NGOs are the eyes, ears, and voices of their communities. Find below two stories from two cities, Chandigarh and Patiala, Punjab, India, demonstrating how Alliance members are representing pedestrians and other vulnerable road users and collecting data to show their authorities what needs to be done to make walking and cycling safe in their cities.
Chandigarh is one of the youngest and planned cities in India. It was designed for livability with plenty of walking infrastructure and greenery. However, over the years, motorized vehicles were prioritized, green spaces impacted, and footpaths encroached on.
Alliance member ArriveSAFE is advocating to reclaim pedestrian space that has been lost, for example where parking spaces have replaced pedestrian areas, vendors have taken up the footpaths so that pedestrians must walk on the road, or where traffic calming is needed to reduce speeds and protect vulnerable road users. Their work also extends to the accessibility issues faced by people with disabilities, for example, whether ramps have been implemented and if barriers designed to allow pedestrians but block motor vehicles are negotiable in a wheelchair. Issues are identified by the team or by members of the public, who ask ArriveSAFE to intervene. ArriveSAFE’s team of technical experts conduct surveys and collect data so that they can present solutions based on best practice and national regulations to the city authorities.
While there is much more to be done, ArriveSAFE’s work is seeing results; the city authorities have restored walking areas that had been turned into parking in one of two areas identified by ArriveSAFE and is conducting surveys in five further sectors. They have also plugged entry and exit points to certain sectors to control vehicle access, keep residents safe and smooth the flow of traffic and implemented pedestrian crossings and traffic calming around hospitals and schools. ArriveSAFE will conduct further surveys to ensure the work has been completed effectively.
“The safety level of a city’s transport system is measured by how it treats its pedestrians and cyclists,” says Harman Singh, Founder of ArriveSAFE.
“Having a platform with the authorities has enabled us to challenge and address potential issues on behalf of pedestrians before implementation happens,” says Ravee Singh Ahluwalia, Chief Functionary of Alliance member The Patiala Foundation, Patiala, India.
In Patiala, city authorities have already recognized the need to make walking safe around the city. On the back of advocacy from The Patiala Foundation that showed that almost half of commuters walked or cycled to work (read more HERE), footpaths have been restored on a number of streets where they had previously been removed to increase space for motorized traffic. Moreover, the authorities have committed to include footpaths in all road upgrades on newer roads and will also pilot a dedicated cycle lane on one of the city roads used by a lot of school and college students as well as other major community stakeholders.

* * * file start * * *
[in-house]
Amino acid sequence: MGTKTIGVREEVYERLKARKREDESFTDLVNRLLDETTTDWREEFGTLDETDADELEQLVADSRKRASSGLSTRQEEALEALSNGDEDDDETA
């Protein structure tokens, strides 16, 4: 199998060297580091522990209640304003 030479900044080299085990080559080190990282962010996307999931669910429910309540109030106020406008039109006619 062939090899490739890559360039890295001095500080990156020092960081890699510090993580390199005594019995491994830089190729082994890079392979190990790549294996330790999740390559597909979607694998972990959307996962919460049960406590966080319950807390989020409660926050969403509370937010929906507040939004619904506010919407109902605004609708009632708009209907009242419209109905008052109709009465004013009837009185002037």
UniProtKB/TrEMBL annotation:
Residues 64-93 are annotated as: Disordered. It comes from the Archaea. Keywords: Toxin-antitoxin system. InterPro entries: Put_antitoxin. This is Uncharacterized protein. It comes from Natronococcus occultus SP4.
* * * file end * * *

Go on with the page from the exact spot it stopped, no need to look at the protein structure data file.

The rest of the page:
Sometimes, however, well-intentioned road safety solutions are decided without fully understanding the needs of those who will use them. In 2019, with the intention of making it easier and safer for elderly pedestrians to attend the local temple, the Patiala city authorities built two new pedestrian footbridges in the city. Two further footbridges were planned. However, instead of making crossing the road safer and easier, the footbridges were inconvenient, increasing the journey time and forcing the elderly road users to walk up and down a considerable number of steps. As member of Patiala’s road safety committee, Ravee became aware of other similar road projects.
Patiala Foundation conducted surveys among those walking to and from the temple and presented the data they collected at a public exhibition, demonstrating that the footbridges were not being used and that pedestrians were still crossing the road at street level, at risk from motorized vehicles. As a result, plans to construct other such road infrastructure were shelved. The city authorities have formally requested the state-level traffic planners to draw up a different solution to manage the flow of traffic and enable pedestrians to cross the road safely at street level in places where there is chaotic traffic.
Patiala Foundation is also working with the government to keep the footpaths clear. Street vendors have taken over sections of the city’s footpaths, forcing pedestrians to walk on the road. To address this in a way that benefits street vendors as well as pedestrians, hawker zones have been created and vendors are given permits to move their trade to these zones. These zones give street vendors a regular spot and make it easier for regular shoppers to find them.
Much of Patiala Foundation’s advocacy success is a result of its position on the road safety committee, which has enabled it to be heard and to bring pedestrians’ challenges forward. With the help of its volunteers, the NGO carries out regular traffic obstacle assessment walks and submit its reports in the monthly committee meetings. This flags issues and enables decisions to be taken by the stakeholders responsible for implementation and execution.
The NGO is now extending it’s reach to the Punjab state capital, Chandigarh, and working with the authorities to advocate and carry out awareness amongst the citizens regarding non-motorized transport. It is also involved with the Muncipal Corporation’s drafting of a non-motorized transport policy to enhance safety and security for pedestrians, cyclists and other non-motorized transport users.
“If we are able to walk to work, we don’t need to drive to the gym after work,” says Ravee. “People are health conscious and they want to save money. If they feel safe, they will be more willing to adopt walking for short distances, such as to the shops.”